Sunday, 22 July 2012

What To Do When Your Constipated

Constipation is becoming the curse of modern society. More people than ever dread going to the toilet because all it involves is a lot of pushing and straining with very little to show for it.

However, for such a common digestive problem, constipation is rarely discussed. This can often be societies own hang ups about discussing our stools and bowels movements.

Diets Have Become More Unhealthy

So why is this happening? There can be several reasons but the most common is to do with the type of food we’re eating. The western diet has changed considerably over the last 30 years. In that time the food we eat has become more processed and refined.

Processed foods contain high levels of fat, salt, refined flour, sugar, chemical additives and flavour enhancers. This may make our foods more convenient and attractive to eat, but it’s putting our health at risk.

The fact is, manufactured foods are low in nutrition and fiber. These two components are important for a healthy digestive system. For example, fiber is very important for stimulating your bowel movements.

However, fiber has all but disappeared from the modern diet. The modern processed diet is having the adverse effect of clogging up our system.

In contrast, the native people of the central Africa plains rarely suffer the digestive problems that are so common in the West.

Conditions such as irritable bowel system, colitis, Crohns disease and constipation are unheard of. Due to their high fiber diet African native people have regular bowel movements and soft stools.

It’s estimated that the average bowel movement for people living in the United States and the UK is once every 4 days.  This would be considered a chronic condition.

The truth is, with a normal healthy digestive system you should be having a bowel movement at least once every day.

What Can You Do To Change

The first step is to look at your diet. Are you eating enough fiber?
There are two types of fiber that you should be aware of - insoluble and soluble fiber.

Insoluble fiber is absorbed by water in the colon turning it into a viscous substance. This acts like a lubricant enabling the stool to move through the intestinal canal at a faster and easier rate.

Soluble fiber also helps to keep moisture inside the stool. A major cause of constipation is hard and dry stools that are painful and very slow to pass.

In addition, soluble fiber is also known to reduce cholesterol and help to regulate high blood pressure levels.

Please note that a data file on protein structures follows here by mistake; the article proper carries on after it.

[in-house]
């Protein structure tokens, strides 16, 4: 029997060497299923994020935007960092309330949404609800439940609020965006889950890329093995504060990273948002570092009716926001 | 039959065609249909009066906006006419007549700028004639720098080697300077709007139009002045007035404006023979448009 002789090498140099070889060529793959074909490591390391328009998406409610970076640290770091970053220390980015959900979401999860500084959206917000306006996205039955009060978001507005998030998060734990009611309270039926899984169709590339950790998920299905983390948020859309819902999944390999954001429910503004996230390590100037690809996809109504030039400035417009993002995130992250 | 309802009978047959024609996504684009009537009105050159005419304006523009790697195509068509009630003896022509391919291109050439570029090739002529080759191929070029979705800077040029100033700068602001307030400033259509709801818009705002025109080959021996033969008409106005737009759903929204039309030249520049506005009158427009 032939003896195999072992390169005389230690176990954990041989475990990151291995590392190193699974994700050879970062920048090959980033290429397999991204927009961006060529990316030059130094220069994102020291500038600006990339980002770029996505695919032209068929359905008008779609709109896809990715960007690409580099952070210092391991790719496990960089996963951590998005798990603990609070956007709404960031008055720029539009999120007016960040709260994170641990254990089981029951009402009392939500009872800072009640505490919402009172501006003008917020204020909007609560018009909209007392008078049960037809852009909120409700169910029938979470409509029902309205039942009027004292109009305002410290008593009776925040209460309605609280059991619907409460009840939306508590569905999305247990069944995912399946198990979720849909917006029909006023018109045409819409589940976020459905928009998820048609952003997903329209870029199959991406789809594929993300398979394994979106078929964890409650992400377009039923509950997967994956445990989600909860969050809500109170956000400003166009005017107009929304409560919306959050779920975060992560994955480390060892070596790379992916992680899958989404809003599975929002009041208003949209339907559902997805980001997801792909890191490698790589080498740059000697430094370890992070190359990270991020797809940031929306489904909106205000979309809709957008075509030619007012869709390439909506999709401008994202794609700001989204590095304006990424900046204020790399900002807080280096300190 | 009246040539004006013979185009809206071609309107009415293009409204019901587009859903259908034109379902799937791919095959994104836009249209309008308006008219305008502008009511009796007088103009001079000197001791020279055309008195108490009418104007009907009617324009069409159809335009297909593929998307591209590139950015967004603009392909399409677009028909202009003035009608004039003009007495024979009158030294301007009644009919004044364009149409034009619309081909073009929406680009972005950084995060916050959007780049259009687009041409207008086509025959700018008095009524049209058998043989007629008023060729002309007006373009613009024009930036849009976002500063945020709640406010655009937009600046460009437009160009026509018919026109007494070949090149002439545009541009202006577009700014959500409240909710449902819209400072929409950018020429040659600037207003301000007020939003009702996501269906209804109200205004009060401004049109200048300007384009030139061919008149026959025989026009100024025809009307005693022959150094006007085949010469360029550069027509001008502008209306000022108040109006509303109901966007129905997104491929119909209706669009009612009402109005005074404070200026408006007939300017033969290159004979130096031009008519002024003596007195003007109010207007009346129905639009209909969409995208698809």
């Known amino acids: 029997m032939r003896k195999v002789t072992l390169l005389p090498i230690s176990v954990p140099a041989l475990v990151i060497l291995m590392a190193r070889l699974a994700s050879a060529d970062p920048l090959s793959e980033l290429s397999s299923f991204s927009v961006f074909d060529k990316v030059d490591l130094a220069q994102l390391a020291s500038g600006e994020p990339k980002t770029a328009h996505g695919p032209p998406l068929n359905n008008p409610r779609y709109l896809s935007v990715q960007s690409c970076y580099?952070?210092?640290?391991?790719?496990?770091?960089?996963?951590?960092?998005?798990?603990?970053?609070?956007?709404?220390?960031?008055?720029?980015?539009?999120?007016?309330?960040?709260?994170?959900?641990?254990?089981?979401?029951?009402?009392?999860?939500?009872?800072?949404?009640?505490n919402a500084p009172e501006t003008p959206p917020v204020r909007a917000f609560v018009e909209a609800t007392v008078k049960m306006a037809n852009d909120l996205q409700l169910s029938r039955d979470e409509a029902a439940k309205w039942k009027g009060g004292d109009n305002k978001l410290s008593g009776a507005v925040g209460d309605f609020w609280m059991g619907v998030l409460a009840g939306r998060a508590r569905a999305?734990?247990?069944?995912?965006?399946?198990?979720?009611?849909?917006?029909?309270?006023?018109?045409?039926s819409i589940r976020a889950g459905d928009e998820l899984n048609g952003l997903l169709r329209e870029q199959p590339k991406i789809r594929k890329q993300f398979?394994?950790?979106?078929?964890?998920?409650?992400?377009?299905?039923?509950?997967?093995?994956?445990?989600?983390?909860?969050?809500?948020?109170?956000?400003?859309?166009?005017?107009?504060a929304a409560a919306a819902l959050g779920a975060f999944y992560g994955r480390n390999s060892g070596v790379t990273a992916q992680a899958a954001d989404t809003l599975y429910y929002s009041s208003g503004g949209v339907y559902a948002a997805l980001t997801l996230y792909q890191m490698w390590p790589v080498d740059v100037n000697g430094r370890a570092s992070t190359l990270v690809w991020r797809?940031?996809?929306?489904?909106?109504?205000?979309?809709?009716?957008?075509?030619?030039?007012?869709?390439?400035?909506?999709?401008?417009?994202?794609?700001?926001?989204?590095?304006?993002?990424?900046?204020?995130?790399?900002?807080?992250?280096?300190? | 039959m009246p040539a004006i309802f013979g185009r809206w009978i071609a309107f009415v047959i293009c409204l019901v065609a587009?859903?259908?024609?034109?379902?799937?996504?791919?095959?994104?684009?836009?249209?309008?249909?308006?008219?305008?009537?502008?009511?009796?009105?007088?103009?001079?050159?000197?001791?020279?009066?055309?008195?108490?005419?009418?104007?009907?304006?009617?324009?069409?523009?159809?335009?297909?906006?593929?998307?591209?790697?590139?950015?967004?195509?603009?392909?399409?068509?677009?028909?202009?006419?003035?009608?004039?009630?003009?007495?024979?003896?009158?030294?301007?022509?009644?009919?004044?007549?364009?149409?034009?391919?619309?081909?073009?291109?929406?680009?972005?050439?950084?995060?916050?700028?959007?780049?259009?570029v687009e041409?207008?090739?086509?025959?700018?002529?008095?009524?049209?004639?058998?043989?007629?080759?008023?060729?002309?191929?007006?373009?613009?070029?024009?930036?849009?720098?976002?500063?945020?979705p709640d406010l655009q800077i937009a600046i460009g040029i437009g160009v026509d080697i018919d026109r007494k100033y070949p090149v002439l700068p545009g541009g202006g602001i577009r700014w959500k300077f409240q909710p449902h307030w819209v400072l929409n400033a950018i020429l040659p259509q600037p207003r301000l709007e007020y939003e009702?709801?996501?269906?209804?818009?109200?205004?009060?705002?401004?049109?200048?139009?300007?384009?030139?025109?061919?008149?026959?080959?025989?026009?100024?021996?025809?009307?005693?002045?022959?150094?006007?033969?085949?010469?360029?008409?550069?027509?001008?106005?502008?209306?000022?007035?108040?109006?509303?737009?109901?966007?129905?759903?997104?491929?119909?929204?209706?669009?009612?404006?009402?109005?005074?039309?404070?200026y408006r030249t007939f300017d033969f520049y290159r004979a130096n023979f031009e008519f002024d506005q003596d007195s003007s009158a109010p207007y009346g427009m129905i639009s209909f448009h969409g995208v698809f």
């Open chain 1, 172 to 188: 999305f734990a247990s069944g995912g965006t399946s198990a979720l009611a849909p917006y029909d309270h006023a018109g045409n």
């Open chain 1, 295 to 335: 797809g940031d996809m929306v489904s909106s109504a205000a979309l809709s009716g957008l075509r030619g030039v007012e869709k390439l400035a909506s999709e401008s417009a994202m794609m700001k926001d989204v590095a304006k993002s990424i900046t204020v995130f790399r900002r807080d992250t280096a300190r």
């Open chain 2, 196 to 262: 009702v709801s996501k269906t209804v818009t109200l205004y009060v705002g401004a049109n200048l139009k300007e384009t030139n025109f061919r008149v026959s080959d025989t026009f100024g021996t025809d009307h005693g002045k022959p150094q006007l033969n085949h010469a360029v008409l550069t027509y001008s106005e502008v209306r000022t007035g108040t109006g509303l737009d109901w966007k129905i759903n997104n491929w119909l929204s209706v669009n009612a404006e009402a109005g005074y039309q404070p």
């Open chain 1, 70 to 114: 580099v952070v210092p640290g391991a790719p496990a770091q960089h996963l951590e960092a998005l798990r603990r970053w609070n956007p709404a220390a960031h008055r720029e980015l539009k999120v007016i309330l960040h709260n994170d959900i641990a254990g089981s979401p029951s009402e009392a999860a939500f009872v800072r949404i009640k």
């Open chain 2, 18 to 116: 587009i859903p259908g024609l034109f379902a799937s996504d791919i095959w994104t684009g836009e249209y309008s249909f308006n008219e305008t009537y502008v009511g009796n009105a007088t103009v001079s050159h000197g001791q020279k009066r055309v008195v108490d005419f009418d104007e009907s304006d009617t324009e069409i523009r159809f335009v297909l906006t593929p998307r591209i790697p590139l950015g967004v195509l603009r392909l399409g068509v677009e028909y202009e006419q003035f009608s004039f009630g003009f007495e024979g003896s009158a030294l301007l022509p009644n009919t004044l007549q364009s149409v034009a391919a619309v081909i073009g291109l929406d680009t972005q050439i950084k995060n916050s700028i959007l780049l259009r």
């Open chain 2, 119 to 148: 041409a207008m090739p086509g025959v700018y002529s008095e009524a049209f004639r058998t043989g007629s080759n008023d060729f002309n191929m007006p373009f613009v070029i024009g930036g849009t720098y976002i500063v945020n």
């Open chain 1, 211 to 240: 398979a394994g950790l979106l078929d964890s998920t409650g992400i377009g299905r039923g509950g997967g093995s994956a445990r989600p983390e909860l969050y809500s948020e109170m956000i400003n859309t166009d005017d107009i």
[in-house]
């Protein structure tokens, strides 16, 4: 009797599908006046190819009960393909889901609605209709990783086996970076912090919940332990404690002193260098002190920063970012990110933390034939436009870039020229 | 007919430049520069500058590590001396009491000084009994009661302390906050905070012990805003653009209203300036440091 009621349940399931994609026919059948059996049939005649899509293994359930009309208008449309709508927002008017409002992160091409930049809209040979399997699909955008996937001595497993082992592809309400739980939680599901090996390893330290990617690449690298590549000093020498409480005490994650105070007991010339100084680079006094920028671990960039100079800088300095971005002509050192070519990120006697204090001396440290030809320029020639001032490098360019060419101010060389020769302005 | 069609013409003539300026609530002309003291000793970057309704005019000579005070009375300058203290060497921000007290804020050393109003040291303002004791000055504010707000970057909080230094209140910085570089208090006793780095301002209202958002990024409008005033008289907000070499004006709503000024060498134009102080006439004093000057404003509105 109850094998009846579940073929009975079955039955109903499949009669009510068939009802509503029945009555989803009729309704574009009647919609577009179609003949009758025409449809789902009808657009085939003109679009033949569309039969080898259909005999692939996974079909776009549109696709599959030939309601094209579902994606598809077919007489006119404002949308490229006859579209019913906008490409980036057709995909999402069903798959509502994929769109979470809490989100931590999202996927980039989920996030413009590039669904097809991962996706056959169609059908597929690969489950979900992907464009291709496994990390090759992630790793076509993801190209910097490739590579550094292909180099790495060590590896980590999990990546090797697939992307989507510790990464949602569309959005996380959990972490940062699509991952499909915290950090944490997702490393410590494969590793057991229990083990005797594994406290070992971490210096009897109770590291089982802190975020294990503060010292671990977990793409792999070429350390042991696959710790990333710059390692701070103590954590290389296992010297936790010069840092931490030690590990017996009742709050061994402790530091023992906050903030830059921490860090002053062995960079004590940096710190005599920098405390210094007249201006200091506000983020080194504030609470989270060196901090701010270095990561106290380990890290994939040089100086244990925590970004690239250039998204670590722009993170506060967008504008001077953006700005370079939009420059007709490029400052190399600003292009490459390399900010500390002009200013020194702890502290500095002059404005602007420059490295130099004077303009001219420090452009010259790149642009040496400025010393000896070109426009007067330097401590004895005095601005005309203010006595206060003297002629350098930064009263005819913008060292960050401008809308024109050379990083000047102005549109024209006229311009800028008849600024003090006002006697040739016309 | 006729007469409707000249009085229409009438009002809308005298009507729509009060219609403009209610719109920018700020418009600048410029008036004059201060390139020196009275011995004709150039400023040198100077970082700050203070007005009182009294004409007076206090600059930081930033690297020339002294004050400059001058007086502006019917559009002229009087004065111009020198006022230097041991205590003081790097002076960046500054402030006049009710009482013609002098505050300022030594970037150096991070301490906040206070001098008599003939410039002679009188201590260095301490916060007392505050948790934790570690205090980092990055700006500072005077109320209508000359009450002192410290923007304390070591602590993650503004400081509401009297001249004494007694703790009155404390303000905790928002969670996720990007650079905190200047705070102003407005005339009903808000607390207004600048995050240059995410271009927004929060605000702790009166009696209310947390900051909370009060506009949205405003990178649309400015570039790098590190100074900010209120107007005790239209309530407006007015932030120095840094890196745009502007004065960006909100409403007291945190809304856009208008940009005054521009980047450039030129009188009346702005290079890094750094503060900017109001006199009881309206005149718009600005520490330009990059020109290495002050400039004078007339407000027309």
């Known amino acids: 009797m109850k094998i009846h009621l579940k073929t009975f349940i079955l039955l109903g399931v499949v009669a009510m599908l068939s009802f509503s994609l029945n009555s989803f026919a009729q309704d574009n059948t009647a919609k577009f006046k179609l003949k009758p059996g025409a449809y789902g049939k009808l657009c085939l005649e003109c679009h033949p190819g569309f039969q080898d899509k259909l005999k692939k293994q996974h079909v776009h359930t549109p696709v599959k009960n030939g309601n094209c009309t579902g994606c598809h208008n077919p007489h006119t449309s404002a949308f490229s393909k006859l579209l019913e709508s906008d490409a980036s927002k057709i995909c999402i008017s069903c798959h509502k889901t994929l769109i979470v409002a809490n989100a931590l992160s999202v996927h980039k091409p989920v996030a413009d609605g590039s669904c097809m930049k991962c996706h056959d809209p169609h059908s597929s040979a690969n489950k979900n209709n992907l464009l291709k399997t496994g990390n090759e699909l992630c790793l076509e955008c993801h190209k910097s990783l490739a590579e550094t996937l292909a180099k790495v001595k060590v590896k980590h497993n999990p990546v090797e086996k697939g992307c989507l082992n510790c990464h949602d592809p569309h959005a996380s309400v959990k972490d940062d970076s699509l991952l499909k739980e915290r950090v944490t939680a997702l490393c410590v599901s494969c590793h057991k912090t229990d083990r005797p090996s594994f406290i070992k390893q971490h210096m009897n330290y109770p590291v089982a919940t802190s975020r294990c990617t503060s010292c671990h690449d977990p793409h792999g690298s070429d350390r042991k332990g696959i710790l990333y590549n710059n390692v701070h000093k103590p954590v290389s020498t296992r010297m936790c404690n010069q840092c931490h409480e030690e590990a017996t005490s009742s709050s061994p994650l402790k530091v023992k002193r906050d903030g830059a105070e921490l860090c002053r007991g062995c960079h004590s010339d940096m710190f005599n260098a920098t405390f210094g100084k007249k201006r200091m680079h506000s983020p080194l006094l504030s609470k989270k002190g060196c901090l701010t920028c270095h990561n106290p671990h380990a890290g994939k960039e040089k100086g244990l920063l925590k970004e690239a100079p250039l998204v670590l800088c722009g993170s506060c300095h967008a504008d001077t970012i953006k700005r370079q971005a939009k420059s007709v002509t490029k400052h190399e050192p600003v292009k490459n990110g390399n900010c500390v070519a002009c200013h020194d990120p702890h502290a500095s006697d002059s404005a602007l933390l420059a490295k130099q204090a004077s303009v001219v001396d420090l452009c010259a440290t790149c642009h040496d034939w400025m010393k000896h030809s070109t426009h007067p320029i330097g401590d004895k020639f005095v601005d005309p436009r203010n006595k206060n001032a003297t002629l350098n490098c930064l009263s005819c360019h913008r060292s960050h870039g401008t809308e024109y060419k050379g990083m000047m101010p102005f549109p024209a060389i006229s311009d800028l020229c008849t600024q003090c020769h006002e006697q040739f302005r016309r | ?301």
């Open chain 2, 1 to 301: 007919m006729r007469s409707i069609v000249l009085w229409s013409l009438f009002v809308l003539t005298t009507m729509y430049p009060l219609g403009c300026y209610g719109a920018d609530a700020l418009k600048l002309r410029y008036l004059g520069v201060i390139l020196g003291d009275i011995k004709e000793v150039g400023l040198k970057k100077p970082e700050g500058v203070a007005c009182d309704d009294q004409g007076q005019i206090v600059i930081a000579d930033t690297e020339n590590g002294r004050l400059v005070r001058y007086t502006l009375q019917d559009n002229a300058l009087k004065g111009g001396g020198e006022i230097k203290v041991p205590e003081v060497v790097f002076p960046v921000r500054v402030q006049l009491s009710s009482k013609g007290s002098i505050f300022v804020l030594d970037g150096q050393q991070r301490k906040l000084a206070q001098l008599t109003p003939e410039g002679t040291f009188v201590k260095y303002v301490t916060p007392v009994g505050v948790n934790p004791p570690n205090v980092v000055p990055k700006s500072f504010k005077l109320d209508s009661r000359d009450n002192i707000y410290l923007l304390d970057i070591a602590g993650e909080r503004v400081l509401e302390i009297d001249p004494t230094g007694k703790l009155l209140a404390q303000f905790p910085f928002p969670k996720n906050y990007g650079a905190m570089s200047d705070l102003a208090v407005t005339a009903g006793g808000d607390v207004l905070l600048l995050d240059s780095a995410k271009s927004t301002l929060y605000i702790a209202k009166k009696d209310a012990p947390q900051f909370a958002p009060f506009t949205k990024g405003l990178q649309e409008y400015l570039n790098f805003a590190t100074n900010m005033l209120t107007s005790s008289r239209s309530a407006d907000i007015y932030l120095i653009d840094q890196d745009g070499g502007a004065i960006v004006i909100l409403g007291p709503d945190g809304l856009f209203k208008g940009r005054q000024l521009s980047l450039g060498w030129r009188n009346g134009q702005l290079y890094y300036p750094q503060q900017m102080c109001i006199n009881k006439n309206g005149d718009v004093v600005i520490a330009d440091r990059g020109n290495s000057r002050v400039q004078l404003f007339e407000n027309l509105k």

Insoluble fiber is a different story. This type of fiber remains intact as it goes through your digestive system.

As it reaches the colon it absorbs water and this increases its bulk. The increased size of the stool stimulates the nerves along the surface of colon that push the stool along. Also, insoluble fiber, like a brush cleans your colon of bacteria, toxins and dead cells.

The best sources of soluble and insoluble fiber are fresh fruit and raw vegetables. Wholegrain bread and breakfast cereal can also provide you with a good source of fiber.

Unfortunately, many of the modern breakfast cereals are so full of sugar it would be healthier to eat the cardboard packaging they came in. Therefore, always check the label before you buy.

Let’s face it, a bowl full of bran is not the most appetising food to face in the morning, however you can jazz it up with bananas and strawberries.

Try to avoid over the counter laxatives and stool softeners if you can as they can cause side effects. These are only a short term fix, they don’t address the cause and they can make your constipation worse if you become dependent on them.

The best laxatives for constipation are whole natural foods containing both insoluble and soluble fiber. 

However, it’s important to emphasize that you should drink more water when increasing you intake of fiber, as dehydration is another primary cause of constipation. 

Another alternative would be to take acidophilus supplements as they can help to improve your digestive health by introducing more healthy bacteria into your gut.

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